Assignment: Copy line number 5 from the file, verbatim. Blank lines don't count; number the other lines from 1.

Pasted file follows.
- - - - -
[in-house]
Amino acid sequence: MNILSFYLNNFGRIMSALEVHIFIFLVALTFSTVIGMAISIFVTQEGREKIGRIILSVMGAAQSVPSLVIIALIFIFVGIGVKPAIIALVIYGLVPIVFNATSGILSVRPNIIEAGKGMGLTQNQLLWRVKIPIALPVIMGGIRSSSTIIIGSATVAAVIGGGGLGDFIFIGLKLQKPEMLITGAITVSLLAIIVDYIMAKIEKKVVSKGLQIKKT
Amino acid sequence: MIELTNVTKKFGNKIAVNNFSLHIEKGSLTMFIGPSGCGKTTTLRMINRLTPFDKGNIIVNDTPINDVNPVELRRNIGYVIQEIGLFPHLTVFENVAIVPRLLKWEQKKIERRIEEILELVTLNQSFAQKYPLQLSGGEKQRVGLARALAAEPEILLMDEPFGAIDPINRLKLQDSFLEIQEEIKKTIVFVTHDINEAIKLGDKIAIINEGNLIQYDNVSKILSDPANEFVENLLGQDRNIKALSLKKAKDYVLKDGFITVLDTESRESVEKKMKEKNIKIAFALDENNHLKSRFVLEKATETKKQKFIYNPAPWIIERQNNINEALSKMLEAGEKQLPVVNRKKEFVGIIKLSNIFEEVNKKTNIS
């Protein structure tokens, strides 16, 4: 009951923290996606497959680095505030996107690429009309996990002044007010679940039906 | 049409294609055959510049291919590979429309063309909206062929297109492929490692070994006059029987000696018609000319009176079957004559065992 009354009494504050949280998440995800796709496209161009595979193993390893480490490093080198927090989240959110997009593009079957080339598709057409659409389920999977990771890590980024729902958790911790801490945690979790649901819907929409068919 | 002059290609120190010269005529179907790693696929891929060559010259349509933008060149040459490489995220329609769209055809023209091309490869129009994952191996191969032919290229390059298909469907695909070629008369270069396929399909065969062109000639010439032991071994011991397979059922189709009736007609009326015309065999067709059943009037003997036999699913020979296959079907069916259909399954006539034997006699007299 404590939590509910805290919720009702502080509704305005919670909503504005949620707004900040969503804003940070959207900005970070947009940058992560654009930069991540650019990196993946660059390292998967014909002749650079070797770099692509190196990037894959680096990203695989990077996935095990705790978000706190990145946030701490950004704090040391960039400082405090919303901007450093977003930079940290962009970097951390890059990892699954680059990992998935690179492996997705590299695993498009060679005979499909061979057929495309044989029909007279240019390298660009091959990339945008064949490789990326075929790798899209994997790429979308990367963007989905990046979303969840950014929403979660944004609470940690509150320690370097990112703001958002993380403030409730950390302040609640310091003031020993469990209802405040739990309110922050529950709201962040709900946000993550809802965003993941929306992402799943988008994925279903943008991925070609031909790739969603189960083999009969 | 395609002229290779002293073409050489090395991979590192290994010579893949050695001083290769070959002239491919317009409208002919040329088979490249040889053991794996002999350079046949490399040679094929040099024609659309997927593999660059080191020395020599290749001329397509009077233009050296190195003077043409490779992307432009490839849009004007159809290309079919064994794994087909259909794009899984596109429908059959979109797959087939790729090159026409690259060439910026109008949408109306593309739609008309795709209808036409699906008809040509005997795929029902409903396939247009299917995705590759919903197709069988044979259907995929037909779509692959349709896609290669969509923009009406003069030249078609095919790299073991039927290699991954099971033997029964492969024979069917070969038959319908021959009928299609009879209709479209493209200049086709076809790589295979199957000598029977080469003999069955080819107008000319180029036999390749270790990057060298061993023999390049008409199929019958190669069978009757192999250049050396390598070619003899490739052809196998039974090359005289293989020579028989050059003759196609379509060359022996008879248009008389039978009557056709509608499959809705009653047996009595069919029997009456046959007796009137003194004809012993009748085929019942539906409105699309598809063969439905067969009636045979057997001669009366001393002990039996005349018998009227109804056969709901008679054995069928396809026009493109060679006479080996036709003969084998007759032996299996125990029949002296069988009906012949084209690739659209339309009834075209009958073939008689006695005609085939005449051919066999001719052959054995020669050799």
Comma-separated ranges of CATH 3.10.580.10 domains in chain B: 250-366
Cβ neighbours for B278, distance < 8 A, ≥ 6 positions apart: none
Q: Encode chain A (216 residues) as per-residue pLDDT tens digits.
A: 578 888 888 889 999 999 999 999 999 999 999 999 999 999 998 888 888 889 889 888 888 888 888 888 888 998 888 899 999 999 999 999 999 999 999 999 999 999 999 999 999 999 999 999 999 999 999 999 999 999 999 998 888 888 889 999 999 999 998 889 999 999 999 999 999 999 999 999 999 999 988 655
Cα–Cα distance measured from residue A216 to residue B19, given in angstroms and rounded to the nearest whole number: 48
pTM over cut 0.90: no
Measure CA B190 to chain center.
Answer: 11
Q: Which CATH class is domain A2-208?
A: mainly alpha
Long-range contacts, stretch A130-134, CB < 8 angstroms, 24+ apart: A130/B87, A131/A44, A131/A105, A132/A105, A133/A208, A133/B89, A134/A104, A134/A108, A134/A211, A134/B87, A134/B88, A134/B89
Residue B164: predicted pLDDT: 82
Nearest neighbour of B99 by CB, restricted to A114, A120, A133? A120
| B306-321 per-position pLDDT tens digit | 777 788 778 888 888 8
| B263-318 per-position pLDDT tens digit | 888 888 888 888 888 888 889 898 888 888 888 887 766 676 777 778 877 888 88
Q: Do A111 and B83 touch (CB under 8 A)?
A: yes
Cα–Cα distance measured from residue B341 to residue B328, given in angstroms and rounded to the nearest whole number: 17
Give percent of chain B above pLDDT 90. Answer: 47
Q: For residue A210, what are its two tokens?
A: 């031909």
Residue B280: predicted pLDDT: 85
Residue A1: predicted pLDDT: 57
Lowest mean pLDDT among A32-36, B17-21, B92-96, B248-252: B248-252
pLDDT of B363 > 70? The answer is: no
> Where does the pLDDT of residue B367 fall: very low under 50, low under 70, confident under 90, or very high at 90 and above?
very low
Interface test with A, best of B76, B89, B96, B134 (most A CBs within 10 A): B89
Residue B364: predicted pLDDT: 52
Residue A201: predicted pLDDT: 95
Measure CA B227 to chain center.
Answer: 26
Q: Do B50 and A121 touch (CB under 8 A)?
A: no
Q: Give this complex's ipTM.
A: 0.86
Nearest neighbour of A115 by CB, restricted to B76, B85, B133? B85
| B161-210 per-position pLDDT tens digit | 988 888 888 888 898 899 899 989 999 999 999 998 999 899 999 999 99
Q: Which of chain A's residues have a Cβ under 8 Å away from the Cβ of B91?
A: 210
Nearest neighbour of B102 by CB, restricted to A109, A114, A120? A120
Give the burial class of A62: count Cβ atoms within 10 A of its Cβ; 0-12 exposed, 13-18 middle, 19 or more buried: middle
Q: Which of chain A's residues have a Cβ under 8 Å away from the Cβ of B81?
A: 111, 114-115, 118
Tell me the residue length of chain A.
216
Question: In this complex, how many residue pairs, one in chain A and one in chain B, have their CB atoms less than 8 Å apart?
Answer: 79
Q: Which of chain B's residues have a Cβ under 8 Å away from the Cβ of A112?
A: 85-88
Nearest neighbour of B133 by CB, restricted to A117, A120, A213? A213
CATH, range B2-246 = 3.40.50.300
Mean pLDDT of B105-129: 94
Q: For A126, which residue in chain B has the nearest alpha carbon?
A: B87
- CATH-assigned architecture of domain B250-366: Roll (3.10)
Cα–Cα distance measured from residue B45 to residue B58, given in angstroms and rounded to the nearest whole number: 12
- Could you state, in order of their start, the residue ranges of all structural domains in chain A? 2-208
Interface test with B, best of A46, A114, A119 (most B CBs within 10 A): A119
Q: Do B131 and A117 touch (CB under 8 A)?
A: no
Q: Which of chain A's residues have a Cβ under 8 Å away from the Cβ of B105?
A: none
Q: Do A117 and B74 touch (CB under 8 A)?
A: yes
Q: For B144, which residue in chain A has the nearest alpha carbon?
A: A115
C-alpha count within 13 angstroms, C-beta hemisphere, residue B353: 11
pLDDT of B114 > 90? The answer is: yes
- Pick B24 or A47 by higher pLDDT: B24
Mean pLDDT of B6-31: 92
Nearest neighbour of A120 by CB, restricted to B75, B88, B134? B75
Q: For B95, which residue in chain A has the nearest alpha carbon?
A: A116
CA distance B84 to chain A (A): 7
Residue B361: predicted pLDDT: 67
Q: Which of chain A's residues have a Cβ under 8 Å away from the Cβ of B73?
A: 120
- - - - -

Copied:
Comma-separated ranges of CATH 3.10.580.10 domains in chain B: 250-366